COCOA BEACH, Fla. -- Nine years ago, Cristina Cinca and Zane Schultz had no clue that their lives were setting them on course toward a common cause.
Cristina, 15, was diagnosed in 2007 with restrictive cardiomyopathy – heart disease with thickening and stiffening of the heart muscle. Months later, Schultz’s friend Rafe Maccarone died from sudden cardiac arrest after collapsing on the soccer field during practice. Now, they both pour their energy into preventing sudden cardiac death in youngsters.
“I had a heart transplant when I was 13, and it was quite the journey,” Cristina, now 15, told FLORIDA TODAY. “I am putting on a walk to celebrate my second year for my transplant, and I decided to donate the funds.”
Yep, you guessed it -- the money Cristina pulls in at the walk will go to Who We Play For, the nonprofit founded in memory of Rafe by Schultz and other friends. The group was started in Brevard after Rafe’s death to provide education and athlete heart screenings. Last year, the nonprofit conducted just under 19,000 screenings across seven states, said Schultz, 25.
Cristina and Schultz (alongside his team) were at Cocoa Beach Jr./Sr. High last week, where the WWPF was conducting a second round of free heart screenings for students in fall athletic programs.
“I really connected to the story they had,” said Cristina, who didn’t personally know Rafe.
Last year, on the first anniversary of Cristina’s transplant, about 150 people walked the beach. About $10,000 was raised, which Cristina donated to The Children's Cardiomyopathy Foundation. This year, she’s all about WWPF.
“That was around the same time, and we had no idea that that was passively happening,” Schultz said. “Her story was happening (parallel) to Rafe’s, and they were impacted the same way we were.”
Participants can register for Sunday's walk at crowdrise.com/teamnina — or just show up. A $15 donation per person is suggested, to fund the cost of heart screenings for kids who can’t afford them.
Cristina Cinca was born five weeks prematurely with a small hole in her heart. It was a condition that didn’t require immediate attention – just something to watch.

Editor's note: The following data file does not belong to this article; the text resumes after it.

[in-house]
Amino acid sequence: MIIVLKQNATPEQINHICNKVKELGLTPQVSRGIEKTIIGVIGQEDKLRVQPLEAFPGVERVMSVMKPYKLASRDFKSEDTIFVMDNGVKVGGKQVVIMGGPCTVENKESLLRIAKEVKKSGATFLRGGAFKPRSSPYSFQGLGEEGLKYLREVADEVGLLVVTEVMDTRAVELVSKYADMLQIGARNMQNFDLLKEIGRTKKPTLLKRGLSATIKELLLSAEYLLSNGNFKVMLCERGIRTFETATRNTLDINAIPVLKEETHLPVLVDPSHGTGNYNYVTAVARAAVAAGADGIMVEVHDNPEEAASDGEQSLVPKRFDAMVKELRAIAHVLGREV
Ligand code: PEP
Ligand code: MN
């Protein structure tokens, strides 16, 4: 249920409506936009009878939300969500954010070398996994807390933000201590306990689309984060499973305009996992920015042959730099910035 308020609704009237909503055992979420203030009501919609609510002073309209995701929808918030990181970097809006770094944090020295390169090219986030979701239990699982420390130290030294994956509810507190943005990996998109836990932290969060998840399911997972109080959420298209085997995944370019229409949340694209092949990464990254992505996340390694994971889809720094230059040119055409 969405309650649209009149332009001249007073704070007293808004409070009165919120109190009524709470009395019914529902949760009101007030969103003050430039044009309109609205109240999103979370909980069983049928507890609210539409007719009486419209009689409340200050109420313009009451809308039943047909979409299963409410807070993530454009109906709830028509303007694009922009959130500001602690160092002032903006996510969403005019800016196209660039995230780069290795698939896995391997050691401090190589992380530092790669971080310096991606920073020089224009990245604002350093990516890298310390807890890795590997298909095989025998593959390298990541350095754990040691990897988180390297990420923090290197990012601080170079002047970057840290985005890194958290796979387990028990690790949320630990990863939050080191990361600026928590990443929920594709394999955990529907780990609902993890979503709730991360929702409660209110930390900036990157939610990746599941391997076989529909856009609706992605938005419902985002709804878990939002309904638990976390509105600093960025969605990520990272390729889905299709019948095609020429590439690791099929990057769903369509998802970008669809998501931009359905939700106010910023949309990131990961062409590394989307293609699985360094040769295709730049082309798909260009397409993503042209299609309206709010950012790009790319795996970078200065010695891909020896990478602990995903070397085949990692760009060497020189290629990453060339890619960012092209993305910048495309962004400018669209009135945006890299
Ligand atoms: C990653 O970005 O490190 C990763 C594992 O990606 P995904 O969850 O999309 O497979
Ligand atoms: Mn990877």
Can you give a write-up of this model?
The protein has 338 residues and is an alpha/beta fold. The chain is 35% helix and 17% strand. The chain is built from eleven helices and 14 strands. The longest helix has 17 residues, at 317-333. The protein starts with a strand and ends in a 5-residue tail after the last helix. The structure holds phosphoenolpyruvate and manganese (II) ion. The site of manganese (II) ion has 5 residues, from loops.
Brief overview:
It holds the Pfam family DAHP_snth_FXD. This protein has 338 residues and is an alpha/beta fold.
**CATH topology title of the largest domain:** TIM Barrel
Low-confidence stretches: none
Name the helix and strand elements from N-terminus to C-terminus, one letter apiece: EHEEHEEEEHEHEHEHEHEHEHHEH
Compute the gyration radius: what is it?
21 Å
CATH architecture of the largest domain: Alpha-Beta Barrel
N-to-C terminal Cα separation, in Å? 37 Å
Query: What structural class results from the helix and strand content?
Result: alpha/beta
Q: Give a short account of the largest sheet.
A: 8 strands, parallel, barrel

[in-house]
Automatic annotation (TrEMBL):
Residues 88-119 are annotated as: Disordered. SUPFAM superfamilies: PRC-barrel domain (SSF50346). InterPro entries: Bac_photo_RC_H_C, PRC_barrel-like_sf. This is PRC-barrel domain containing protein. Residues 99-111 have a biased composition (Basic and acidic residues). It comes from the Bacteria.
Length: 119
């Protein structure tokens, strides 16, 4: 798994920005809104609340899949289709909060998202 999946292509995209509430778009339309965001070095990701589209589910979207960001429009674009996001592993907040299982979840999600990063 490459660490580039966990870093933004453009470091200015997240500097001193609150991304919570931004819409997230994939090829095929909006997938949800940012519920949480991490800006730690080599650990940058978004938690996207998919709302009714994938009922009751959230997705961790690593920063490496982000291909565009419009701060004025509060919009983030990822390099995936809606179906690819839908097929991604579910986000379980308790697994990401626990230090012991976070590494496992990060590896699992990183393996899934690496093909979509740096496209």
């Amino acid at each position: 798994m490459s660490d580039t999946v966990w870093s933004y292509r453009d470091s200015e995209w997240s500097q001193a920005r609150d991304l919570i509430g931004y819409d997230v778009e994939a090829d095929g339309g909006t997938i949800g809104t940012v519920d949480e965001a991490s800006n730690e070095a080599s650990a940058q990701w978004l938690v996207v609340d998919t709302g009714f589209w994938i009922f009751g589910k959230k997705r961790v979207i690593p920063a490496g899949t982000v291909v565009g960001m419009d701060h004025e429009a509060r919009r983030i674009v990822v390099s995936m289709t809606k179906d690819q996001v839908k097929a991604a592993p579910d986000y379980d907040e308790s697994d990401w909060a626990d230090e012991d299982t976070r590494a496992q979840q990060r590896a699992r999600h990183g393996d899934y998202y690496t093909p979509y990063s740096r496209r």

At a routine visit six years later, the pediatrician detected a murmur and urged a follow up with a cardiologist. Cristina was diagnosed with restrictive cardiomyopathy.
“It was devastating,” mom Heather Cinca said, recounting the horrible statistics she stumbled upon. (According to the Children's Cardiomyopathy Foundation, kids "with restrictive cardiomyopathy have a 44-50% chance for 2 year survival" after being diagnosed.)
Cristina’s condition is often dubbed “The Mickey Mouse heart disease,” due to the diseased heart’s enlarged appearance, her mom said. The Cincas traveled the country for second, third, fourth and fifth opinions.
“You have feelings of desperation,” Heather said. “How do I explain to my 6-year-old that she may not survive another 3 years? It’s heart wrenching.”
For Heather, it was important to try to maintain normalcy for their family, which includes husband, George, and son, Parker, 10. They sought treatment at Shands Hospital at the University of Florida-Gainesville, managing Cristina’s condition as long as possible with medication. They kept the grimmest of details from their daughter's young ears – which was fine with her.
“I would go out of the room,” Cristina admitted of the doctor visits. "I was afraid I was going to be freaked out.”